Parshas Behar

Take a Deep Breath, Relax, & Be Happy!


“The land shall not be sold in perpetuity [forever], for the land is Mine; you are but strangers and residents with Me.” (Vayikra 25:23)

Shimon owned a clothing store. One day, a competitor opened a clothing store across the street. Shimon went across to see the owner of the new store. People watching thought that he was going to complain that the new store was going to affect his business. Instead, Shimon offered the competitor business advice and wished him much success. The competitor was in shock! Shimon explained that Hashem was able to provide for both of their needs. Shimon’s faith in Hashem freed him from anger & anxiety. (Wings of Faith Rabbi Asher Rubenstein zt”l on Shaar HaBitachon, written by Rabbi Yosef Tropper)


One aspect of the mitzvah of Shmita is that every seventh year, farmers in the land of Israel are commanded not to work their land. After 7 Shmita cycles, the 50th year is called Yovel. Farmers are commanded not to work their land for both the 49th and 50th years. During the Yovel year, all Jewish slaves are freed even if they served less than the 6-year minimum. Additionally, all ancestral land that previously had been sold is returned to its original owners.

It is normal for one to feel warm ties to his house and his property. Imagine if you were living in your home for most of your life. You worked hard every year in your garden, beautifying it, by planting beautiful flowers. You had a small orchard and after years of hard work, the orchard was finally producing delicious fruit. You were noticing that your efforts were paying dividends. You were feeling fulfilled and satisfied, seeing the results of your hard work. One day, you received a notice in the mail from the city government. They were planning to build a highway through your property. You were going to have to leave all your good memories and hard work behind. When the day finally arrived, you felt sad and dejected.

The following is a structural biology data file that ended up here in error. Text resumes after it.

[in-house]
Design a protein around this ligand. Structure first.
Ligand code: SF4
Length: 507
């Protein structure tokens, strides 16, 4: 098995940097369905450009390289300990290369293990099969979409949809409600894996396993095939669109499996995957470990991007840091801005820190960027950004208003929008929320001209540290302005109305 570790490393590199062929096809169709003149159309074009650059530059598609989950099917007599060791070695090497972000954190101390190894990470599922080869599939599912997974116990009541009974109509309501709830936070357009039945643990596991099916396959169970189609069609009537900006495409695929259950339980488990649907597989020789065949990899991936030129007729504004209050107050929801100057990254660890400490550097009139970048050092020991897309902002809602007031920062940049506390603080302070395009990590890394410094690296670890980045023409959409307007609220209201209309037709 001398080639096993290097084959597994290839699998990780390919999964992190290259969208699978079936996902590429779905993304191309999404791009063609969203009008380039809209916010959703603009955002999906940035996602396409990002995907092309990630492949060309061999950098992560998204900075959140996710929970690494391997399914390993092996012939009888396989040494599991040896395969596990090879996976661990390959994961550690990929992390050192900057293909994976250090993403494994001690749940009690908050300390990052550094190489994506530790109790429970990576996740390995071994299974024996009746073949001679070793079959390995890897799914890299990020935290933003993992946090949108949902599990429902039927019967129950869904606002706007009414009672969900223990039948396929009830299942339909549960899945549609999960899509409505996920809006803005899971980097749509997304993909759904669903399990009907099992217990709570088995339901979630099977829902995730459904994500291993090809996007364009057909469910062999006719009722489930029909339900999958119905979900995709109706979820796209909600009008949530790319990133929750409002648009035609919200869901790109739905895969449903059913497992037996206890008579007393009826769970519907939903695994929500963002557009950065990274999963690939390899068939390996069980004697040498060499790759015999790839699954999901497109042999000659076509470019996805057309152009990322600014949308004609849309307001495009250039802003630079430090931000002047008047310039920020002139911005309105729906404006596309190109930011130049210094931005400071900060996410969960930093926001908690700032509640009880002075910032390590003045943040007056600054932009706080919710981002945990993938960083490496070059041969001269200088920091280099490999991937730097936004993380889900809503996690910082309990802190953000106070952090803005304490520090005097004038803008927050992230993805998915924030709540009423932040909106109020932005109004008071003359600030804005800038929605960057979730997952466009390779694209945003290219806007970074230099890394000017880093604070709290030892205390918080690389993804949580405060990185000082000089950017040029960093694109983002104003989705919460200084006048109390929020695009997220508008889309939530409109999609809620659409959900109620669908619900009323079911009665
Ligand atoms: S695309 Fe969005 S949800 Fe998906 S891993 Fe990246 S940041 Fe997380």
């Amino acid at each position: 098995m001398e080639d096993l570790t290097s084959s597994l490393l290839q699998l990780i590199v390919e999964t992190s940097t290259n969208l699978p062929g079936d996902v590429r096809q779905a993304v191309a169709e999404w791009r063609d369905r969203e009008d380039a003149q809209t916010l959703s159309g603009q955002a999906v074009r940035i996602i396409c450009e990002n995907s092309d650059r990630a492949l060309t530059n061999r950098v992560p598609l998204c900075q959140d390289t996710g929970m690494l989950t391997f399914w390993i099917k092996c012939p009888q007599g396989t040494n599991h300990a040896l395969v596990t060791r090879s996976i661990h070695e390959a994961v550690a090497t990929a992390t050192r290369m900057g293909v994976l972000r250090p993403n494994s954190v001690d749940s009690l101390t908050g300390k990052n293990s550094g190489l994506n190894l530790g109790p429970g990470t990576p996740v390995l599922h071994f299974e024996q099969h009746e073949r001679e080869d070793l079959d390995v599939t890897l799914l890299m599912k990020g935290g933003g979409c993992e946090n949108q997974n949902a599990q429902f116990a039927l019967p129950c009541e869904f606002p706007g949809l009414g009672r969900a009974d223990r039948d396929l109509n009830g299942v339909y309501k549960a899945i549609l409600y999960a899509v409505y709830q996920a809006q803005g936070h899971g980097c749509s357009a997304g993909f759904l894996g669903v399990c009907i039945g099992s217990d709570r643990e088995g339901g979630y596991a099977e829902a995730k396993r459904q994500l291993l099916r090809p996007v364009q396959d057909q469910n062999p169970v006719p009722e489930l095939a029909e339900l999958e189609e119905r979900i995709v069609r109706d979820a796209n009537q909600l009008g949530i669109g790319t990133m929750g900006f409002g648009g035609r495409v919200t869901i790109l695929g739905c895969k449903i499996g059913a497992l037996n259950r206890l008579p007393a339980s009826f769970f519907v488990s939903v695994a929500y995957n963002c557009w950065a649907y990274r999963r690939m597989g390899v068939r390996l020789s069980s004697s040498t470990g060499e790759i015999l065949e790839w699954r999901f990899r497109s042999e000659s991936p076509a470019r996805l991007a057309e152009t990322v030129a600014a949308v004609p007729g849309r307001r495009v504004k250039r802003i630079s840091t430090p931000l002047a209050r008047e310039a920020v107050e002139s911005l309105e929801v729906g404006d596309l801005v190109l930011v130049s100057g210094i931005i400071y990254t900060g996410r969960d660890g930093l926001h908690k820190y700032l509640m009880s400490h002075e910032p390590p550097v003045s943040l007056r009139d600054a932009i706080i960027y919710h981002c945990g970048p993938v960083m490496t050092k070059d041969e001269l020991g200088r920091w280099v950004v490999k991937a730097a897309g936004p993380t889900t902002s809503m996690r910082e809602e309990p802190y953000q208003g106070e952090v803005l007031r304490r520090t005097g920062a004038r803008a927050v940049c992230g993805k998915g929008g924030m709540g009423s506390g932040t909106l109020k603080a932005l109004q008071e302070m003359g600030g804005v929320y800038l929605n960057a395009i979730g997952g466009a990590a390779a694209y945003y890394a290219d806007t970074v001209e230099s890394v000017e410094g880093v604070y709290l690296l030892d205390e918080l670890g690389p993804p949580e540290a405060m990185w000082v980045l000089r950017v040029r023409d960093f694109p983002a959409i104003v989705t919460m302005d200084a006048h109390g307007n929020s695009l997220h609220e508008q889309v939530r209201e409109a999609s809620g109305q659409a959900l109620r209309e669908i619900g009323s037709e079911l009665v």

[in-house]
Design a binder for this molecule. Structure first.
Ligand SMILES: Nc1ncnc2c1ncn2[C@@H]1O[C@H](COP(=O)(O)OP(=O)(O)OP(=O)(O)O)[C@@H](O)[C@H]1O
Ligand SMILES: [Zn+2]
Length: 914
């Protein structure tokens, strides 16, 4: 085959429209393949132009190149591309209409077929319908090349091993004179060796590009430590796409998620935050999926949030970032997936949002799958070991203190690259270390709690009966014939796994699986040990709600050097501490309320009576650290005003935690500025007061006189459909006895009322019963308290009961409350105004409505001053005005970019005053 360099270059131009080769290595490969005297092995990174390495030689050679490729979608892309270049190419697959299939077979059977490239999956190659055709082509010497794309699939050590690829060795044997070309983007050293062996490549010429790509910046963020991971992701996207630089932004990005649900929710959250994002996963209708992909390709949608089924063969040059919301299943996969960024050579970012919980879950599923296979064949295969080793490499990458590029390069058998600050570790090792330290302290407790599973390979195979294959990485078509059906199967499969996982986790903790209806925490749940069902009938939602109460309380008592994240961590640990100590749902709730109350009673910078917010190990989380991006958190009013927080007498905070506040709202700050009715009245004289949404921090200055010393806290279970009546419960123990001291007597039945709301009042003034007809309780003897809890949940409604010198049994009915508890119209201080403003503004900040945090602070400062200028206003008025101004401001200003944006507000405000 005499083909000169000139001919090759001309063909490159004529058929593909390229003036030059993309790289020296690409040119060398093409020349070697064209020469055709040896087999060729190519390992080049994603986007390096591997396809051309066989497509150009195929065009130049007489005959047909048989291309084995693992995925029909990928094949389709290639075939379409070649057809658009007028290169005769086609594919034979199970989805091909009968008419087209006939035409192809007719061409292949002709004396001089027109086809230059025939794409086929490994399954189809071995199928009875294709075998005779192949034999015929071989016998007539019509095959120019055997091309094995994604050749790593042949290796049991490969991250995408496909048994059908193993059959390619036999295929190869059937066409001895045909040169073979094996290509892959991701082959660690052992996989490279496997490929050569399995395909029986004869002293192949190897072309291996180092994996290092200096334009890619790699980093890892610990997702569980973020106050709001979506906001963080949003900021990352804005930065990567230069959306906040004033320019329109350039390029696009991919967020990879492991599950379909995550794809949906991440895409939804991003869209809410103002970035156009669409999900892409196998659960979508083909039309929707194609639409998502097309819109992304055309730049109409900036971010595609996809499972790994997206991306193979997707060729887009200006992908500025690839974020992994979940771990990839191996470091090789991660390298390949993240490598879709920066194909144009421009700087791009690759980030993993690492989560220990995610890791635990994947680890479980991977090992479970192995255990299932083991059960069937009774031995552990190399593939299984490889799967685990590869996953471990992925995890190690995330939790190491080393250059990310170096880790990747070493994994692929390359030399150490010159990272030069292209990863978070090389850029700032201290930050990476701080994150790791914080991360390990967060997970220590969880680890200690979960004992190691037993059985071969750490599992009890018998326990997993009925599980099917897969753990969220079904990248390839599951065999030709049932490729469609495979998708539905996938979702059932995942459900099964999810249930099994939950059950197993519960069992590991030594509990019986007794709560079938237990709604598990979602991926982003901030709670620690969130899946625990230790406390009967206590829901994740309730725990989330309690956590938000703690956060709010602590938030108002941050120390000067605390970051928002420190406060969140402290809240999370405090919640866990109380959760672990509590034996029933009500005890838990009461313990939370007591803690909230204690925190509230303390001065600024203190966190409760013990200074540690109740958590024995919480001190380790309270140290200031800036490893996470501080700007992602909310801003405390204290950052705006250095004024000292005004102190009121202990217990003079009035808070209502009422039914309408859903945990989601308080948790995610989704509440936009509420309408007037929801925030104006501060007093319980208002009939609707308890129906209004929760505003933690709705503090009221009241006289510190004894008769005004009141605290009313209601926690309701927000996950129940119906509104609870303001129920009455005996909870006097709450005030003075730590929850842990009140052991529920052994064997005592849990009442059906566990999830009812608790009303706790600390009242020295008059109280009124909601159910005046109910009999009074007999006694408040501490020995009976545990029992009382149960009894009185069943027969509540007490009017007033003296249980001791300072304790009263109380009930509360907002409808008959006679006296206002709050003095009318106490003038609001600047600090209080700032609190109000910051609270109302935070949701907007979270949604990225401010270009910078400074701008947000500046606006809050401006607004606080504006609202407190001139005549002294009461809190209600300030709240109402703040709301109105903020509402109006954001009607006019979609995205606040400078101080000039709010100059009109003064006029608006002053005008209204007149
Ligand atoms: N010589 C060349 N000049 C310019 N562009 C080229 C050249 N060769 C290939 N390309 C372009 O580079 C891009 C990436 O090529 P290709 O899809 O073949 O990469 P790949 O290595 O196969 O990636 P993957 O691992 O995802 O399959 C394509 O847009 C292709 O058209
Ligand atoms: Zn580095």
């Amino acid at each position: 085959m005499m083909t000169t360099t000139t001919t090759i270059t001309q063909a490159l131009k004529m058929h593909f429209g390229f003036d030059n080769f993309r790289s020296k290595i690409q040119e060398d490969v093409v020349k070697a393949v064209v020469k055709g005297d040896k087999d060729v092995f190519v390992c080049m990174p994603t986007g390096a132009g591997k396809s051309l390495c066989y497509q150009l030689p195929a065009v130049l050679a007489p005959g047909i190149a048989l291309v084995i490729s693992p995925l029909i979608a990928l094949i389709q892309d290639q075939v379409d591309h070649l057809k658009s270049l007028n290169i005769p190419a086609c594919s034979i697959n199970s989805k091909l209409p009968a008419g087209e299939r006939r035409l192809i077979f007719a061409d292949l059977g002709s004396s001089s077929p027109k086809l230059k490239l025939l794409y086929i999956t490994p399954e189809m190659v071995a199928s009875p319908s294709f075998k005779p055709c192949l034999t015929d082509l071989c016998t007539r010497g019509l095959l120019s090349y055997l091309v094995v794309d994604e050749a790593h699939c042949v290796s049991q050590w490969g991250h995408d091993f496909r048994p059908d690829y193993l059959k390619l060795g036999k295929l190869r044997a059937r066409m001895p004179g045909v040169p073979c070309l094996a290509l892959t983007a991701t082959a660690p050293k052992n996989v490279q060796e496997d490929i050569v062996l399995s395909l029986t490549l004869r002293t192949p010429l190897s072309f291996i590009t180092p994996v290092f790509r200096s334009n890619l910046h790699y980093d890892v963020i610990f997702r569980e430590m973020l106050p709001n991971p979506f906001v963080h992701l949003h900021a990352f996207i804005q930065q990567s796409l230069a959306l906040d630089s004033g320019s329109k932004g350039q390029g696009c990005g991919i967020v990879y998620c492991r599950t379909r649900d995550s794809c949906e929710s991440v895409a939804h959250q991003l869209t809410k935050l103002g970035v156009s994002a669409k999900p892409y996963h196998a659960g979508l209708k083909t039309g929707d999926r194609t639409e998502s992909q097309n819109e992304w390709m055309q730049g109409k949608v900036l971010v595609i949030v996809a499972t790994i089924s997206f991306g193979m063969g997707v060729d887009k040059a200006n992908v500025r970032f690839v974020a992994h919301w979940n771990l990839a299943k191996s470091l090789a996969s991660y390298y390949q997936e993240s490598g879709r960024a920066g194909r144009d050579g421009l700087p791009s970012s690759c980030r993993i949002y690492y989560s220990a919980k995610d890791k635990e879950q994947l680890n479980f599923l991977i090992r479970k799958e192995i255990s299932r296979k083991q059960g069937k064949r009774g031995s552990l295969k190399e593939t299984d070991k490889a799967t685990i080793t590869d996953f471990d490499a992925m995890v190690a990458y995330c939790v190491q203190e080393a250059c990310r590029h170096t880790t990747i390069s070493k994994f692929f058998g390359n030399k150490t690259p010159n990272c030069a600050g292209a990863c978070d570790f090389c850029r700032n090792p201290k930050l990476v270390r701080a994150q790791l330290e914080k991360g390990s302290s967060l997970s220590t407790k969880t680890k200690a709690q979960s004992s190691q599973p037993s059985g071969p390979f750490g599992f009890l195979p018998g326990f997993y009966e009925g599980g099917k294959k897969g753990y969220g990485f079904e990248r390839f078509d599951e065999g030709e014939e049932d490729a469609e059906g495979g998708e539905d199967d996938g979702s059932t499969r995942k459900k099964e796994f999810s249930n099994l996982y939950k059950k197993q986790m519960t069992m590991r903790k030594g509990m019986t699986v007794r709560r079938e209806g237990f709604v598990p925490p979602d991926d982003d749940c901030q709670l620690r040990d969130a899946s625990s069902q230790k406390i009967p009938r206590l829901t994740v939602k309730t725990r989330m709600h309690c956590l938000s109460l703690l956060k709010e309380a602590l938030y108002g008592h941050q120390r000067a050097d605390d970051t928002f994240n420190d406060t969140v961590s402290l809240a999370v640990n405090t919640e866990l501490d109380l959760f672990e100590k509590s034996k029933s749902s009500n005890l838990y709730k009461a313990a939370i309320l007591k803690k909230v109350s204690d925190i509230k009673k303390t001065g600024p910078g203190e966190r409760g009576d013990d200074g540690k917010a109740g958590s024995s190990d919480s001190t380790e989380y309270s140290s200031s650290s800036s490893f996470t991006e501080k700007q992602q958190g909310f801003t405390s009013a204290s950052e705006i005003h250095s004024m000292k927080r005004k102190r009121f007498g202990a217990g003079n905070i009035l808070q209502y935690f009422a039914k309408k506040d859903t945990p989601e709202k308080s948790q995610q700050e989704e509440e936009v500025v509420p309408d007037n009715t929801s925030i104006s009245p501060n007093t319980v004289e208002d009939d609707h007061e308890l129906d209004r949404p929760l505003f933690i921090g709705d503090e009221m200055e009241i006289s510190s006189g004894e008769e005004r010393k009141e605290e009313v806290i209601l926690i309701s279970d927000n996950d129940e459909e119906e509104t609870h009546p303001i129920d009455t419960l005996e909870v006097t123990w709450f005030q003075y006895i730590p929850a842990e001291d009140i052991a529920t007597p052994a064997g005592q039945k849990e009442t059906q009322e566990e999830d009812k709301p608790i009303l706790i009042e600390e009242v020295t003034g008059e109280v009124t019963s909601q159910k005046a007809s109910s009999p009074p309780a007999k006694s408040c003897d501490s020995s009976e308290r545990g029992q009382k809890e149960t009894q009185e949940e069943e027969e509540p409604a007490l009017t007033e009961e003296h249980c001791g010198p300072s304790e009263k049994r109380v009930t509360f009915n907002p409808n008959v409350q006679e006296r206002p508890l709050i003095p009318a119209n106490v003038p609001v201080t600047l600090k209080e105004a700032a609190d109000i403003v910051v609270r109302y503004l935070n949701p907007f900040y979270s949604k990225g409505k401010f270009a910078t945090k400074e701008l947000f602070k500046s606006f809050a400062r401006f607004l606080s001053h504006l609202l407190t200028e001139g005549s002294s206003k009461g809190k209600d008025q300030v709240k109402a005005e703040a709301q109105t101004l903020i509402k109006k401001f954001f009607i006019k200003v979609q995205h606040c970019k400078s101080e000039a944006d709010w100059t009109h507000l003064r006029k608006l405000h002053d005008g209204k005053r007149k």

This is how the farmer could feel. After 50 years, he was obligated to return the ancestral land that he had bought years ago. He may feel that he is giving away a part of himself. It was his land and now he must return it! Rashi explains, to console him the Torah adds, “the land is Mine”. Hashem is telling the person that he isn’t selling his own land that he lived on for 50 years. The land never belonged to him in the first place! It was Hashem’s land! Hashem was nice enough to permit him to stay on the land for the past 50 years.

Rabbeinu Bachya in his sefer Chovos HaLevavos (Sha’ar Cheshbon HaNefesh 3:30) describes how this pasuk expects the farmer to understand his situation. He should consider himself a stranger in a strange land. He doesn’t know anyone, and no one knows him. The king has pity on him and is kind enough to allow him to stay. The king sustains him and tells him to abide by certain rules. The king tells him to be ready to leave at a moment’s notice.

As mentioned earlier, Rashi explains that the reason the Torah said, “the land is Mine” was to make the buyer feel better when he had to give back the land to its original owner. According to the explanation of the Chovos HaLevavos, how is the pasuk making the person feel better? If anything, it seems to make him feel worse! It seems to make him feel lonely and alone. It seems to make him feel that he does not belong, and that his stay is temporary.

Rabbi Henach Leibowitz zt”l explains that this knowledge will make the person feel better. It will help him to realize that he is totally in Hashem’s hands and that Hashem is the only One upon whom he can rely. Knowing that Hashem can help him, and that Hashem only wants the best for him, will be the source of his feeling peace and tranquility. His total reliance on Hashem will bring him true joy and inner peace. He can then feel good about giving away the land, because Hashem, who only wants the best for him, is telling him to return it.

A young dove was dragging his feet through life, feeling bad about himself and his problems. One day, he shared his woes with an older bird. The older bird asked, “Why don’t you just fly?” “How”, asked the younger bird? “Use your wings!” exclaimed the older bird. “Haven’t you noticed those feathers and bones attached to your body?! Just flap them and you will soar above it all!”


When we go through life feeling bad about our challenges, we must remember that we have powerful wings. We have Wings of Faith that will carry us wherever we need to go! (Wings of Faith Rabbi Asher Rubenstein zt”l on Shaar HaBitachon, written by Rabbi Yosef Tropper)

There are events in life that feel upsetting, frustrating, and stressful. We can remain calm and feel at peace. The trick is to keep telling ourselves that Hashem is running the world and Hashem knows what is truly best for us, in the “big picture”. Hashem cares about us more than we can imagine.

Hashem knows better than we do, what we truly need at each step of the way and in the “long-run”.